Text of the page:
So for example, suppose you started with a clean Windows 7 install, created the user 'John' and customized that profile. Then you followed either a) or b) to overwrite the default profile. Now when you create a new user account, say 'Mary', under her account in the registry path pasted above, the DWORD "AppData" will point to C:\Users\John\AppData\Roaming instead of the correct C:\Users\Mary\AppData\Roaming. You could, of course, write a script to replace 'John' with 'whatever' but i've found many other places under HKEY_CURRENT_USER\* where old profile data/paths to 'John' would appear.

This is why I tried to get sysprep with the copyprofile = true setting to work. First, it appears that you can't create a user account, customize it, and then run sysprep from that account with the copyprofile=true setting, as after sysprep reboots your machine, it will fail when it attempts to process your answerfile (when it reaches the copyprofile step). It will actually give you an error message, tell you to reboot the machine, and when you do so the error message reappears, leaving you in an endless cycle of rebooting.

The correct way to get sysprep to work with copyprofile=true is after you first install win7, when you arrive at the welcome screen and it asks you to create a username, hit ctrl+shift+f3. This will reboot your machine and put your windows build in 'audit' mode. On reboot, you'll automatically be logged in under the built-in Administrator account*. A sysprep GUI box will appear, but you can close it and NOW begin to customize your profile. Install any software/drivers, make any profile customizations, etc. If you need to reboot, the computer will boot you back into the Administrator account. You will be stuck in this audit mode until you run sysprep with the /oobe parameter. After doing so, sysprep will delete/clean up the Administrator account, but if you have copyprofile=true in your unattended answerfile, it will copy the customized Admin account to the default profile before deleting it. On reboot, Windows will run out of the box, as the /oobe is intended. Create a new user account in the Welcome screen, and when you log in, you should see all your customizations there. The registry information will also have all the correct paths based on the new user account and not of the original.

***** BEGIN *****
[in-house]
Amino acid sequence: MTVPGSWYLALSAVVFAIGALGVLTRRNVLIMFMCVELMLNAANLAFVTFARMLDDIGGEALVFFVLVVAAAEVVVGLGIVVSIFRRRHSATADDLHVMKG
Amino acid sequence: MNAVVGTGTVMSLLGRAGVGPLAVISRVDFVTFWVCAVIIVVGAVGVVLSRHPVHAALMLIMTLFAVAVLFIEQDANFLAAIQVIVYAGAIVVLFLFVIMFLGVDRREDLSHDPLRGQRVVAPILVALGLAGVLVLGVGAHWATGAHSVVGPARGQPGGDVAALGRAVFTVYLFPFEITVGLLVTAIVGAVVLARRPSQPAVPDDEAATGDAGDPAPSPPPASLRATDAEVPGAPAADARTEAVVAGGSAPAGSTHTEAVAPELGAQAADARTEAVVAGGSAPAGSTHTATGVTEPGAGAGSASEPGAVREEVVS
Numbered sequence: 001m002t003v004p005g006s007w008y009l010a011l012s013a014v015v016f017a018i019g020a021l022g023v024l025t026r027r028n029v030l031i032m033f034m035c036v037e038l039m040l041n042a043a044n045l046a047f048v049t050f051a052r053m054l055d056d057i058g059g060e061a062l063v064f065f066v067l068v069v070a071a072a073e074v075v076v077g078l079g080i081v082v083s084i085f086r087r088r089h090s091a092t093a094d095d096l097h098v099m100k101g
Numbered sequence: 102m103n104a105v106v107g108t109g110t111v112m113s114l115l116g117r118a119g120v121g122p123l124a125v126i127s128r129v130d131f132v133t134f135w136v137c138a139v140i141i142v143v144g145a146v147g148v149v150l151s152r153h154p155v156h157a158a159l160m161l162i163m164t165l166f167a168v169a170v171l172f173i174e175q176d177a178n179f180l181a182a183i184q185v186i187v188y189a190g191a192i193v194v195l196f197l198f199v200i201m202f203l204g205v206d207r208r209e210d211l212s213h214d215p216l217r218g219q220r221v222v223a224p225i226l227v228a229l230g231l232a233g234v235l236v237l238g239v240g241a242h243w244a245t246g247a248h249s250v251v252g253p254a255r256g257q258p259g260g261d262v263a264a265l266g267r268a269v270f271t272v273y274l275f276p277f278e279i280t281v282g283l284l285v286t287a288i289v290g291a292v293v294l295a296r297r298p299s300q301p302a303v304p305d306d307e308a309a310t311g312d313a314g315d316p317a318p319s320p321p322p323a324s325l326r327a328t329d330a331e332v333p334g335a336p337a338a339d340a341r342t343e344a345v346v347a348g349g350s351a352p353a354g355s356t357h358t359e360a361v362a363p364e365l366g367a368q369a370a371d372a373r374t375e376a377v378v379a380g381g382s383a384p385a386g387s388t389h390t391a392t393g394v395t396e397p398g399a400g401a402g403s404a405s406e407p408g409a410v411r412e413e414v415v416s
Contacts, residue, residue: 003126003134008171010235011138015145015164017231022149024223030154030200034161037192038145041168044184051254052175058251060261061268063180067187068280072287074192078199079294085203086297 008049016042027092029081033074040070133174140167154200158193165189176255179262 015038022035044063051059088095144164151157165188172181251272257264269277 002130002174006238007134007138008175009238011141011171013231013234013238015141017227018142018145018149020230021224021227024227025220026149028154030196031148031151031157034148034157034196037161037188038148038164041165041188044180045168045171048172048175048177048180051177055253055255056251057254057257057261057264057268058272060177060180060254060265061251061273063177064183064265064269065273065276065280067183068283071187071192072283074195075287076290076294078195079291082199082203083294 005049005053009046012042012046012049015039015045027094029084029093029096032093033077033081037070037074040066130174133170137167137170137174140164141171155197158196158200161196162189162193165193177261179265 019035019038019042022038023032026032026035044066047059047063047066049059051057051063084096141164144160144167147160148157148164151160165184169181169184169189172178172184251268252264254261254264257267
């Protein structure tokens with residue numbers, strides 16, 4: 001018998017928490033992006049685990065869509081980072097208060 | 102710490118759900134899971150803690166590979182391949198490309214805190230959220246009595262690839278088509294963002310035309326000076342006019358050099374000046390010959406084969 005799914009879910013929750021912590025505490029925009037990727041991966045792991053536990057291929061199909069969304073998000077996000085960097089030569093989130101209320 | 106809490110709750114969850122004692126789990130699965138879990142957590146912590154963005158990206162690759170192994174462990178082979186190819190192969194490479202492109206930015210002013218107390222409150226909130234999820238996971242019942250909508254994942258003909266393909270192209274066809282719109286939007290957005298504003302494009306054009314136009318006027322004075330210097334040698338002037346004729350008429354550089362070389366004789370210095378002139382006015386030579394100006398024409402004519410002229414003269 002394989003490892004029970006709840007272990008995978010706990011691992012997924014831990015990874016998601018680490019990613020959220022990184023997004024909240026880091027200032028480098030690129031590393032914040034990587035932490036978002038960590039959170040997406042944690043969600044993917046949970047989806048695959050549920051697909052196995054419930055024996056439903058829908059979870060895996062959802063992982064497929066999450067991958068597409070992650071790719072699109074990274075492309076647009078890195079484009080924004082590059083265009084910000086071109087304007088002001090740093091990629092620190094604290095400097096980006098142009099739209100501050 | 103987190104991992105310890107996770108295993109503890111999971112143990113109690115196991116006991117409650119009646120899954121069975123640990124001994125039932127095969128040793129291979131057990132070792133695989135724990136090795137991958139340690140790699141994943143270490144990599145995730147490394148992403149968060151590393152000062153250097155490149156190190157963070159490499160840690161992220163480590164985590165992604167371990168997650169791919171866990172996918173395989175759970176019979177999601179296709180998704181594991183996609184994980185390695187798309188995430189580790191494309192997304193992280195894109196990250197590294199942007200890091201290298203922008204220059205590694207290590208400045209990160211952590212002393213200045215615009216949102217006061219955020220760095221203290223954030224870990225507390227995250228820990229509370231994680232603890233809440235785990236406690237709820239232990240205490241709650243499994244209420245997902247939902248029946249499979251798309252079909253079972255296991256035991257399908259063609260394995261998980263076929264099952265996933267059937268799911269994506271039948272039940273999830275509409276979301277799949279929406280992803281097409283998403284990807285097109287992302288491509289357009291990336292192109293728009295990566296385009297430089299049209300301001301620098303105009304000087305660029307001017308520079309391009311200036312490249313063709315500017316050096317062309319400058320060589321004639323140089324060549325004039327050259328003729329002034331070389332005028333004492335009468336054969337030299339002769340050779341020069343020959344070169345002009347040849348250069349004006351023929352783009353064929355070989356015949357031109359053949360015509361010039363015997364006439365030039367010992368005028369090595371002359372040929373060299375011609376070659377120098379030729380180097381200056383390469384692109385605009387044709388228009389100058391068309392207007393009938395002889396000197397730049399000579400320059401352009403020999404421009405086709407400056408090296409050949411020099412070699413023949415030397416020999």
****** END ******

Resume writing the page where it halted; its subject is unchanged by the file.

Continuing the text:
I also have a copy of Acronis True Image and made a bootable rescue CD, which allows me to boot into Acronis TI and make a backup of my sysprepped partition (to a network drive) instead of having to use WINPE. A lot of people are also making images of their drive with a Norton Ghost bootable CD. Both of these programs significantly simplify the process of backing up and restoring your images and are far more user friendly compared to WINPE and Imagex.

*If you're like me and like working through remote desktop to set up the machine, you can do the following so you can log into the machine via remote desktop while it's in audit mode.

1) Start-Control Panel-Admin Tools - Computer Mgmt, under Local Users and Groups-Users, double click on Administrator and uncheck "Account is disabled."
2) Start-Control Panel-Admin Tools - Local Security Policies - Local Policies - Security options, disable "Accounts: Limit local account use of blank passwords to console logon."
3) Enable Remote Desktop under Control Panel - System - Remote settings.

Before you sysprep the machine, undo the changes you made in steps 1 and 2, and disable remote desktop if you don't want it enabled on your machines. You can possibly avoid step 2 by setting a password for the built-in Administrator account, but since the system boots you into the Admin account automatically in audit mode, I have no idea what problems, if any, may arise if a password is set. To avoid additional headaches, I just did as outlined in step 2.